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Summary:

A123Systems, the Watertown, Mass.-based battery maker that marked a break in the cleantech IPO drought last month with its initial public offering, shortly after raking in $249 million in federal grants, is now heading to Japan. The company announced a deal this morning with IHI Corp. […]

A123-automotive-cellA123Systems, the Watertown, Mass.-based battery maker that marked a break in the cleantech IPO drought last month with its initial public offering, shortly after raking in $249 million in federal grants, is now heading to Japan. The company announced a deal this morning with IHI Corp. for the Japan-based heavy equipment manufacturer to sell A123′s lithium-ion batteries and battery systems in Japan to automakers and for use in ships, as well as in its power supply systems, starting next year.

IHI counts among its customers hybrid vehicle heavyweights and ambitious players in the race to develop plug-in vehicles for the mass market, including Toyota, Honda, Nissan and Mitsubishi. But those automakers have already made their own investments in battery technology for plug-in and hybrid cars, forming joint ventures with consumer electronics battery giants like GS Yuasa and NEC.

So while the Japanese government has cultivated a hybrid boom in recent months with a set of incentives and policies that both lower the upfront cost of fuel-efficient vehicles and keep the fuel costs for gas-guzzlers high, A123′s deal with IHI doesn’t guarantee ready customers in Japan, at least in automotive applications.

Part of how IHI hopes to gain an edge with the Massachusetts company’s batteries is by cutting costs. Reuters reports this morning that IHI said the batteries from A123 — which does most of its manufacturing in Korea and Changzhou, China — beat out rivals’ offerings because they don’t rely on a group of metals known as rare earth elements, or REE, as a raw material. That’s more of a statement about lithium-ion batteries in general, compared with the nickel-metal hydride batteries (which contain REE) used in hybrids like the Toyota Prius and Honda Insight, than about A123 in particular.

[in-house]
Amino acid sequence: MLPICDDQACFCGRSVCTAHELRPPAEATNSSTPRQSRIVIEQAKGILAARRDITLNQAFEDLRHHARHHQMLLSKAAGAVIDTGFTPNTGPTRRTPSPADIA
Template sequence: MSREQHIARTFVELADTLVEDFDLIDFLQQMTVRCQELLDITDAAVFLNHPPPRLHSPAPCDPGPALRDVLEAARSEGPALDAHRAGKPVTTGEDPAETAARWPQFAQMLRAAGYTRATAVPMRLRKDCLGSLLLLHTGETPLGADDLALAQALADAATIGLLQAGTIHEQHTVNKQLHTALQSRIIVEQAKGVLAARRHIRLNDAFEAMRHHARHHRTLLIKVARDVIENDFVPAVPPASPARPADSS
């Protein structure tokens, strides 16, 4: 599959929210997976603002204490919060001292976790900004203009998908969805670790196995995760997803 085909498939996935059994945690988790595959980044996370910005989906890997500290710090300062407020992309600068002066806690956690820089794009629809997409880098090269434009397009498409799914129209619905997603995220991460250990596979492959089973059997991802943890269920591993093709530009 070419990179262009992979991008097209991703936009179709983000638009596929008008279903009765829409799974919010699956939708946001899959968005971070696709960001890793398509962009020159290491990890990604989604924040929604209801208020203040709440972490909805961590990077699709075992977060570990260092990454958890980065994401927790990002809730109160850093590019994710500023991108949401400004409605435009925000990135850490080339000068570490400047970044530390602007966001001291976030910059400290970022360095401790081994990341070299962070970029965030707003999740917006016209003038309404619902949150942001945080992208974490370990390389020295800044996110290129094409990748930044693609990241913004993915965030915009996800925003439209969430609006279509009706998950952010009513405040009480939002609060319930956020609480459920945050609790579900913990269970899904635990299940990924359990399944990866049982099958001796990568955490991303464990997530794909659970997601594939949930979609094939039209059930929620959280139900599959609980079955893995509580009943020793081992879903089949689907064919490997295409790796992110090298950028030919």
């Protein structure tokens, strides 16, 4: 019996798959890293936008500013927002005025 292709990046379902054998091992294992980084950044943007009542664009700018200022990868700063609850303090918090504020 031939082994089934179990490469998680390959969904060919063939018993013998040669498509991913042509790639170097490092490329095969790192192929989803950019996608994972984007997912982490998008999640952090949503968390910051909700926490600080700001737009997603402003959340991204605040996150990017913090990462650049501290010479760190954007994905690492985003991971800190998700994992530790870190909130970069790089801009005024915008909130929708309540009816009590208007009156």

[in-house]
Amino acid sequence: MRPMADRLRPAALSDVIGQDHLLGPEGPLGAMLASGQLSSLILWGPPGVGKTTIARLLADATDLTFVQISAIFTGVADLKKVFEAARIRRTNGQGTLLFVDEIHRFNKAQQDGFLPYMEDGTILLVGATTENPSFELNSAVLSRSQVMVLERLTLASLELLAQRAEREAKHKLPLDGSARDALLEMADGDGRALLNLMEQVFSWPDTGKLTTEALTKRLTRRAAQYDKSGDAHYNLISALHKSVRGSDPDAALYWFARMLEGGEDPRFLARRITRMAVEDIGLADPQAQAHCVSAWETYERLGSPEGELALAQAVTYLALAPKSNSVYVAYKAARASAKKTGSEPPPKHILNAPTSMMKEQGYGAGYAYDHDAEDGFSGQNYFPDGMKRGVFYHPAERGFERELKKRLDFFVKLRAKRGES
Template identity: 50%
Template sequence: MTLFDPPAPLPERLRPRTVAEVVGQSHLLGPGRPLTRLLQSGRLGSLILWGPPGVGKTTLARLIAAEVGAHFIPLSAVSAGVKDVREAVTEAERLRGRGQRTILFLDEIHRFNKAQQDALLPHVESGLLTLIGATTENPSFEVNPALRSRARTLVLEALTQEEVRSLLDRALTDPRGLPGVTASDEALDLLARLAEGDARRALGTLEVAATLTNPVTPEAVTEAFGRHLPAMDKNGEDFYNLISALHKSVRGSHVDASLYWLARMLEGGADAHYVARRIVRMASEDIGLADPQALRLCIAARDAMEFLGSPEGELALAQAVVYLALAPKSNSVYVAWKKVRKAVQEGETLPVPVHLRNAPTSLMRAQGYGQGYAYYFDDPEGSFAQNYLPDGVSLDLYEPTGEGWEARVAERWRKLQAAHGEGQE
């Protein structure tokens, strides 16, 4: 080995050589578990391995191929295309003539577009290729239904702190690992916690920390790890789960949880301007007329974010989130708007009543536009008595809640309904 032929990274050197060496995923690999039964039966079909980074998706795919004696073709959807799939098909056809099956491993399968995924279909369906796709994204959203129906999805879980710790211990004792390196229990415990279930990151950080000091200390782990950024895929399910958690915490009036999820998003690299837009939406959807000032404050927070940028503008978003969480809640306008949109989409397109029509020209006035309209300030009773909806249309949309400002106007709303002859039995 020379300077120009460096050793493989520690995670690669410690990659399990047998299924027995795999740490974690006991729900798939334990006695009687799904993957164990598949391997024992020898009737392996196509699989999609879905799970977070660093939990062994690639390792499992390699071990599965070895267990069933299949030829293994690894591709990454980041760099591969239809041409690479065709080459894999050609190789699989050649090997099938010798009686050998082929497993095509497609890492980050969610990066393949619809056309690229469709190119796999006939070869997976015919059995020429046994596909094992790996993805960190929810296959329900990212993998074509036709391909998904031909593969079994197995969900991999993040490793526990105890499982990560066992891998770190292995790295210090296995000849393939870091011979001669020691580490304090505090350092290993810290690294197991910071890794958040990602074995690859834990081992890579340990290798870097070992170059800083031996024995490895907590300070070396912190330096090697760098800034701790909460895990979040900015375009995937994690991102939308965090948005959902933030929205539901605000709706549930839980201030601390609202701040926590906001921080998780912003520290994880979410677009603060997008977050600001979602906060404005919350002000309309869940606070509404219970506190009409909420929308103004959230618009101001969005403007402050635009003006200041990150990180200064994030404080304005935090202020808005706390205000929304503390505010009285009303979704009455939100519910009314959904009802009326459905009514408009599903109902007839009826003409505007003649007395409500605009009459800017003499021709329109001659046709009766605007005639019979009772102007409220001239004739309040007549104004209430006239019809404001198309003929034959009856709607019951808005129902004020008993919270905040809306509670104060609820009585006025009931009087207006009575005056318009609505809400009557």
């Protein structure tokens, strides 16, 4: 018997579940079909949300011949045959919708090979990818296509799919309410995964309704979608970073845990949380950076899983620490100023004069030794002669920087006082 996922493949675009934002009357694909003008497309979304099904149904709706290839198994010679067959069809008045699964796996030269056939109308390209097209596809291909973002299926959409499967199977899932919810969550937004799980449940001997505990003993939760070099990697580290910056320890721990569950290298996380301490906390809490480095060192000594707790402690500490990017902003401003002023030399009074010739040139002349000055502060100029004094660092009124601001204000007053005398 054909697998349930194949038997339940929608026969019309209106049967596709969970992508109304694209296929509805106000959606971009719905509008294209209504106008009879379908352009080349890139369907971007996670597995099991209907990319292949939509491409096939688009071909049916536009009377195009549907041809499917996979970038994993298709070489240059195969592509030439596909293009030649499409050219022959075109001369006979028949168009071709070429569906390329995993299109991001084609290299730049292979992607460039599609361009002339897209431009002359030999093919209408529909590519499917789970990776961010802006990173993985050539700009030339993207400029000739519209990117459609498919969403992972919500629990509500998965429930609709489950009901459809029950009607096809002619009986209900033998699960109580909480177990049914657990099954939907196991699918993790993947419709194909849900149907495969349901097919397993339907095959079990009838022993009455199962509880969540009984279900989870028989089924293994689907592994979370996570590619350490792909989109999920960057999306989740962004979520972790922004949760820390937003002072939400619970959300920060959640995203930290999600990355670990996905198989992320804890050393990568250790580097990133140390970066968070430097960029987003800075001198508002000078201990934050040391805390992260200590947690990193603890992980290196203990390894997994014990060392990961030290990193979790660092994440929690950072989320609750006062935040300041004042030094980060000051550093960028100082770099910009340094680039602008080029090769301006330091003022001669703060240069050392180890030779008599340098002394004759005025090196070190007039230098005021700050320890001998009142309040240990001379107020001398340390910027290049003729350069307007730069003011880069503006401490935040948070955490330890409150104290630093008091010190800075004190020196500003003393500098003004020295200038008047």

As Lux Research analyst Jacob Grose explained to us recently, “Even though…hybrids use only a fraction of the worldwide output of these metals, if there is a shortage and prices rise, it will definitely lead to cost increases in today’s hybrids.”

Still, if A123 is going to get a piece of the Japanese market at an early stage of the government-backed boom, it won’t hurt to have a giant like IHI working to help build that business.

  1. would that be a venture of 123 USA Inc? Or would it be an afiliate like 123 Ja Inc? I wonder because of course the tax coffers of this nation are the issue here. Having just got USA taxpayer money, will they now loose track of the incoming by moving it offshore like so many others in this post national era?

    Also, please explain, author, your gaping silence of the Lithium as a resource politic so much writyten of this last 3 month period? Is it IYHO just so much word count for the journalists? Or is it something worth addressing….?

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    1. Josie Garthwaite Wednesday, October 28, 2009

      A123′s deal with IHI doesn’t change its plans to “aggressively expand” its manufacturing capacity in the U.S. with the DOE funds.

      As for the second part of your comment, I think you’re asking about the potential for a lithium squeeze, and what that will mean for lithium-ion batteries — a subject I wrote about here: http://earth2tech.com/2009/01/23/what-the-looming-lithium-squeeze-means-for-electric-car-batteries/

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  2. I think A123 Systems is wise to do business in Japan with new battery technology. In the next decade, Japan is going to be one of the leaders in hybrid and hydrogen car technology, among other things. I’m excited to see what’s going to happen.

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